Burrunan dolphins

Cetacean Sightings, Oceania

The Project
In 2011, the Burrunan dolphin (Tursiops australis) was formally described as a new dolphin species found only in  southern and south-eastern Australian waters.  Currently, the Burrunan dolphin appears to be characterized by small, isolated and genetically distinct populations.  We know little about the actual migration pathways or potential barriers to movement and gene flow.  The principle investigator for this project is looking to understand the migration pathways and distributions of these populations. 

The data collected from volunteers will go towards building a better picture of species abundance and distribution across this important region for the Burrunan and other cetacean species.  In addition, unexpected or rarely observed cetacean species (whales and dolphins) in this region have been recorded, including pigmy sperm whale (Kogia breviceps), rough-toothed dolphin (Steno bredanensis), shepherd’s beaked whale (Tasmacetus shepherdi) and striped dolphin (Stenella coeruleoalba).  Understanding the species composition and diversity is fundamental to  their management, conservation and protection of cetacean species in the southern ocean.

How will this data be used?

The data will be used to document cetacean (whale and dolphin) diversity and abundance across southern and south-eastern Australian waters and build a better understanding of the potential areas of significance and migration pathways these charismatic animals.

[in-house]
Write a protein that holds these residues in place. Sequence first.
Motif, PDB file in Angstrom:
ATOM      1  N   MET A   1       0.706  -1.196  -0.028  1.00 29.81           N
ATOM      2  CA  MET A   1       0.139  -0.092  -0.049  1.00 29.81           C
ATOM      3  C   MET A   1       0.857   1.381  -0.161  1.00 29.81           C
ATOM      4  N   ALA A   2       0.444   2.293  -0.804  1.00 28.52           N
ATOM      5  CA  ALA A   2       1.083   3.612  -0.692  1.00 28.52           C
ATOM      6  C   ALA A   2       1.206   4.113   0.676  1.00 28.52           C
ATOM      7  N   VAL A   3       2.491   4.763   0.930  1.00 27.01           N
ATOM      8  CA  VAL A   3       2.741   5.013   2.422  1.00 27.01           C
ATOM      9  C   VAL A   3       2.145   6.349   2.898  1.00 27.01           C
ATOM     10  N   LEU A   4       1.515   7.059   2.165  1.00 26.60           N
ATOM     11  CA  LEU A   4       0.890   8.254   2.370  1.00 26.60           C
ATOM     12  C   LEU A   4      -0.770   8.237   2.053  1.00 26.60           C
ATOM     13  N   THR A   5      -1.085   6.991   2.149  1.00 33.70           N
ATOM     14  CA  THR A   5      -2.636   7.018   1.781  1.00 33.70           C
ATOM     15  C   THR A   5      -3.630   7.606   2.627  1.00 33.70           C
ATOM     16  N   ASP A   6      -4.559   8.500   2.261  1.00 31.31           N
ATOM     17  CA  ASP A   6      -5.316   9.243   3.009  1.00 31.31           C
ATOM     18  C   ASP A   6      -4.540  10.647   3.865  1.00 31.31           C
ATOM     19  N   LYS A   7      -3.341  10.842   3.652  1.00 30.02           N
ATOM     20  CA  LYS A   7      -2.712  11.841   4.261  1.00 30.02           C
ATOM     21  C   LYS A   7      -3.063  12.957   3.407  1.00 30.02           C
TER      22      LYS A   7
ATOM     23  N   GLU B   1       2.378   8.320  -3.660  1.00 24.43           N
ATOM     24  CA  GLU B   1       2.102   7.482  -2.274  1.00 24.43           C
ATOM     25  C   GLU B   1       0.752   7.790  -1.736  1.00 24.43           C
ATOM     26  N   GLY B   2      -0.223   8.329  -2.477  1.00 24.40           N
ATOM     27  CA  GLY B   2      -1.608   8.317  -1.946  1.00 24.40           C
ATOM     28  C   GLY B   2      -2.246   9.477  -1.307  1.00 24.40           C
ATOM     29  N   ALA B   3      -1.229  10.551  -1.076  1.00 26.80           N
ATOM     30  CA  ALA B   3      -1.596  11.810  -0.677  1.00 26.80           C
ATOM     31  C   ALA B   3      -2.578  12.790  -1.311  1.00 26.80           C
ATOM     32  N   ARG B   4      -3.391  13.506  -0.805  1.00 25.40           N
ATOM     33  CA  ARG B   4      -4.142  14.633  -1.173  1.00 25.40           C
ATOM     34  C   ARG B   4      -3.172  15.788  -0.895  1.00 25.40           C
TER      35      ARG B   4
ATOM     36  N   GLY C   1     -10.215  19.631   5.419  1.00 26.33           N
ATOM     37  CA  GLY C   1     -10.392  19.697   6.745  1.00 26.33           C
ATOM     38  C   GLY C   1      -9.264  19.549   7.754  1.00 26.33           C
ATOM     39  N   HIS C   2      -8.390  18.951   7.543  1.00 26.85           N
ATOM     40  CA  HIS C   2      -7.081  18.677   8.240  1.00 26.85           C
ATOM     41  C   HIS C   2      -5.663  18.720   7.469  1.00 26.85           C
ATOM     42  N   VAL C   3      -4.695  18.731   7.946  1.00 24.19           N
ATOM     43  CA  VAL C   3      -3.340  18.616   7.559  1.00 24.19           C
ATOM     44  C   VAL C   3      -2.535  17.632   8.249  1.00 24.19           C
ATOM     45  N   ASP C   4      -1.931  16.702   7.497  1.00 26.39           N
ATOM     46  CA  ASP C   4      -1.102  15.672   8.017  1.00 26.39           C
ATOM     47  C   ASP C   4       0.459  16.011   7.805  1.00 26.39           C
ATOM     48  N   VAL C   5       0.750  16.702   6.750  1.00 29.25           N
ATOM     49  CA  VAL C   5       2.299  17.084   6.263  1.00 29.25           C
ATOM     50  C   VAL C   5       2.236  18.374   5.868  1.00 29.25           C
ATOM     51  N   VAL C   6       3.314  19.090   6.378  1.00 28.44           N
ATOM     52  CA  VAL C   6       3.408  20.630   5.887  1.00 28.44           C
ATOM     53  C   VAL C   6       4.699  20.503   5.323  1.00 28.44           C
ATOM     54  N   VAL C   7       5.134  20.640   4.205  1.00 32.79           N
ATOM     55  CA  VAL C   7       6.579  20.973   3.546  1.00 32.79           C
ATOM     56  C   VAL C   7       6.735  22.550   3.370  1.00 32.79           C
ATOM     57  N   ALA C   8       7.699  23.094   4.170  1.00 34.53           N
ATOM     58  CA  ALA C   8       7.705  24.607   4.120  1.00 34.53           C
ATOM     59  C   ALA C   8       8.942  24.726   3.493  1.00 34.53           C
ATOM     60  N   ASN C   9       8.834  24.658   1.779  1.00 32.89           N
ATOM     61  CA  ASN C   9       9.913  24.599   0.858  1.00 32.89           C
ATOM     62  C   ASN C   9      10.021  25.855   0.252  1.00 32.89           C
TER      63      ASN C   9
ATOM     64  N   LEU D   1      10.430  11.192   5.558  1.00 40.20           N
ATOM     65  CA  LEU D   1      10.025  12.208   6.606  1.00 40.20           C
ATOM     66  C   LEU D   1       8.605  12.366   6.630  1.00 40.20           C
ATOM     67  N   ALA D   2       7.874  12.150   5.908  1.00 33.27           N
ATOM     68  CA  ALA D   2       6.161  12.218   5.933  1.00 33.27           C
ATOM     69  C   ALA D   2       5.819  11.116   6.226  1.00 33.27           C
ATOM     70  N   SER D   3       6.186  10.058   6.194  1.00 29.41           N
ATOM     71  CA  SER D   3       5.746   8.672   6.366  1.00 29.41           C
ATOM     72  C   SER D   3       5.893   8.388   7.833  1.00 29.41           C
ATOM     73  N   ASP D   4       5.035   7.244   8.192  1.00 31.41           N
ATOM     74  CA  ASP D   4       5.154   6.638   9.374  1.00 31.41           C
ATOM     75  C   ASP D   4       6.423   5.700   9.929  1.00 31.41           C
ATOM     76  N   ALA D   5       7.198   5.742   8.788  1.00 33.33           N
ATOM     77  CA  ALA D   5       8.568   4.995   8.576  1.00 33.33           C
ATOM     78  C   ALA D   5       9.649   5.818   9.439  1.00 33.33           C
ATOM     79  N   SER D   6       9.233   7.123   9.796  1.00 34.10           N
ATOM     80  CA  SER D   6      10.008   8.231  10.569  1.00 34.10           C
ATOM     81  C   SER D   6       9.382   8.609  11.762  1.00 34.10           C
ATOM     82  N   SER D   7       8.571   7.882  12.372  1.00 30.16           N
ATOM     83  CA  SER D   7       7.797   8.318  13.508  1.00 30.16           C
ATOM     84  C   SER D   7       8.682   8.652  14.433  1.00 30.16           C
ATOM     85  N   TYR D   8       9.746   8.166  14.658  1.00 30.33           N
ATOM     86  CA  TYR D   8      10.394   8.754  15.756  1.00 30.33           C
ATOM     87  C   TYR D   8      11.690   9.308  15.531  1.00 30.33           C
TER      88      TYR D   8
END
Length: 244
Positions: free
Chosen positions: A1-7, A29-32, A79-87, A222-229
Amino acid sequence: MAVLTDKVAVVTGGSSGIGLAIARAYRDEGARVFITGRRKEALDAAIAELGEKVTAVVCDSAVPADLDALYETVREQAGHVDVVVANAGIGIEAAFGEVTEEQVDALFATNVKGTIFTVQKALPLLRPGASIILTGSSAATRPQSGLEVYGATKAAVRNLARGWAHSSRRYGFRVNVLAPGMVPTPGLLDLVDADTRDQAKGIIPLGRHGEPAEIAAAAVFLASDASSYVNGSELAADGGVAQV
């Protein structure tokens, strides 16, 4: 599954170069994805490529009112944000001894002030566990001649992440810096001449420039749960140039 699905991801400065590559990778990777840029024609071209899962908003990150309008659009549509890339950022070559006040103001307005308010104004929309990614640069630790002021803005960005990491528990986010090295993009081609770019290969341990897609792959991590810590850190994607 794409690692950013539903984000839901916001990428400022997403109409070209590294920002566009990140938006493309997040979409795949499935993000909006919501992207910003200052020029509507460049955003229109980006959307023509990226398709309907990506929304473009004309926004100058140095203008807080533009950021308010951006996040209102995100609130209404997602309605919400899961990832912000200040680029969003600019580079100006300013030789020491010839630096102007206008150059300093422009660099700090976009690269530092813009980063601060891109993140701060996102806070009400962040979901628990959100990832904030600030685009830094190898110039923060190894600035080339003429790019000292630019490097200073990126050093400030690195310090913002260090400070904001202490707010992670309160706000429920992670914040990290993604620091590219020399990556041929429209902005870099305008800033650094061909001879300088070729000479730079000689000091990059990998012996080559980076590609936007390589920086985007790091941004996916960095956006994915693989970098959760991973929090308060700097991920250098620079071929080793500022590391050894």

How Can You Participate?

If you are planning a kayak, sailing, or boating expedition near the southern and south-eastern waters of Australia, or Bass Strait, you can help with this project.  Throughout the expedition volunteers would be asked to document:

  • GPS location of whale and dolphin sightings
  • note the pod composition (approximate size, adults/calves etc)
  • record behavior (travel/feed/social etc)
  • take photographs
  • and if possible video footage of the species observed

Please note: Vessels are not permitted to approach within 100m of a dolphin or 200m of a whale in Victorian state waters; 50m of a dolphin and 100m of a whale in Commonwealth waters.

See attached datasheet for example of data requested:

File Size: 10 kb
File Type: xlsx

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